The bike leisurely meandered towards the school, Lan Jue sitting straight atop it so as not to wrinkle his finely pressed suit.
The fine black bike had been procured for him by the The Wine Master. He had always been a fan of antiques. Apparently this bike the Wine Master had been riding was a relic from Former Era China. The brand name – Forever – could be made out on it’s crossbar. It was a good name, denoting it’s quality. The bike was veritably soundless as it rolled along.
A soothing, cool breeze caressed his face. Occasionally he would ring the bell, and the crisp ding ding ding would waft upon the wind. It was certainly a novel experience for Lan Jue.
Today, in order to appear more the professor, Lan Jue had chosen to wear a pair of black-rimmed spectacles. Naturally they were lens-less*, but they lent a certain air of culture and gentleness. His clean and kept face wore a genial, elegant smile. It was a scholarly look, contrary to what one might expect.
From far away he could make out the towering sign of the National Eastern University. The front gates of the campus were tall, and made of fine wrought metal. In fact, they were composed of an alloy, though it was difficult to determine which with the naked eye.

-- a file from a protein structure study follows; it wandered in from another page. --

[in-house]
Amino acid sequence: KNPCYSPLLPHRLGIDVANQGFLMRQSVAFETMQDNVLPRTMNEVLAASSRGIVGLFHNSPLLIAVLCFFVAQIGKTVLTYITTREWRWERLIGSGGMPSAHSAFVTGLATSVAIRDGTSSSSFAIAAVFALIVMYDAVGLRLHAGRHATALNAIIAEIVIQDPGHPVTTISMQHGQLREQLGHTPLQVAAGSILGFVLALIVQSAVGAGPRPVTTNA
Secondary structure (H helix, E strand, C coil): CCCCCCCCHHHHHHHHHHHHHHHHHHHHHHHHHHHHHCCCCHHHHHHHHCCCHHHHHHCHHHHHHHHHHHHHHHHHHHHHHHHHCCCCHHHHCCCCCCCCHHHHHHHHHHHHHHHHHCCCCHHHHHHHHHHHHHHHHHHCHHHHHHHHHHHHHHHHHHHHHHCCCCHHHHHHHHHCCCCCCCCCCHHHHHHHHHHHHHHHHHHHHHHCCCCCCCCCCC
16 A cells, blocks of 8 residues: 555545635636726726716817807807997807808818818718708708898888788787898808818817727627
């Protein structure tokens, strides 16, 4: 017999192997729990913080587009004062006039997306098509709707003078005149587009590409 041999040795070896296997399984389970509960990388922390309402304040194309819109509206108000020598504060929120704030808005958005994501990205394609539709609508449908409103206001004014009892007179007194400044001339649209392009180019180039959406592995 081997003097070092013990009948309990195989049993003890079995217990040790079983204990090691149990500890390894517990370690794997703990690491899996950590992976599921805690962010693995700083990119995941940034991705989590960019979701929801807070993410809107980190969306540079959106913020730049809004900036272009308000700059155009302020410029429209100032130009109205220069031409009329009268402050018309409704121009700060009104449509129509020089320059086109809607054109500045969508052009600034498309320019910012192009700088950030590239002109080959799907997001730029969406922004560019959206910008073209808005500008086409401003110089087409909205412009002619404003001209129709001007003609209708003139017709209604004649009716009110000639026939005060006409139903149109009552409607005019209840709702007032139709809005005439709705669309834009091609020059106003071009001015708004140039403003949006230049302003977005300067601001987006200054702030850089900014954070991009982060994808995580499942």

The National Eastern University. The letters were bold and brazen, written in a forceful hand that demanded attention. They caused Lan Jue to think back on that old geezer, reclining easily on his deck chair. He couldn’t of been the one to write this, could he?
And yet Lan Jue knew clearly that though the man looked older than God, he’d probably go another hundred years before kicking the bucket. He was the world’s greatest scientist! Was there anyone else who understood the workings of the human body better than he?
It wasn’t long before Lan Jue and his antique Forever bike arrived before the campus’ lofty gates.
He’d arrived just as the students were showing for morning lessons. The school’s gates were thrown wide to accommodate the occasional maglev vehicle. As the levitating cars drew near they would slow, rapidly shifting from speeding bullets to full stop. Before the gates they would be scanned, and only then were they permitted entrance.
Aside from the maglevs, pricey high-altitude verti-cars were also seem from time to time. Like their inexpensive cousins, they also had to stop and get scanned before they could enter. In fact, the air above the university was entirely devoid of verti-cars or other traffic. At least, not on the campus. Such were the rules, and any who dared break them ran the risk of being shot out of the sky.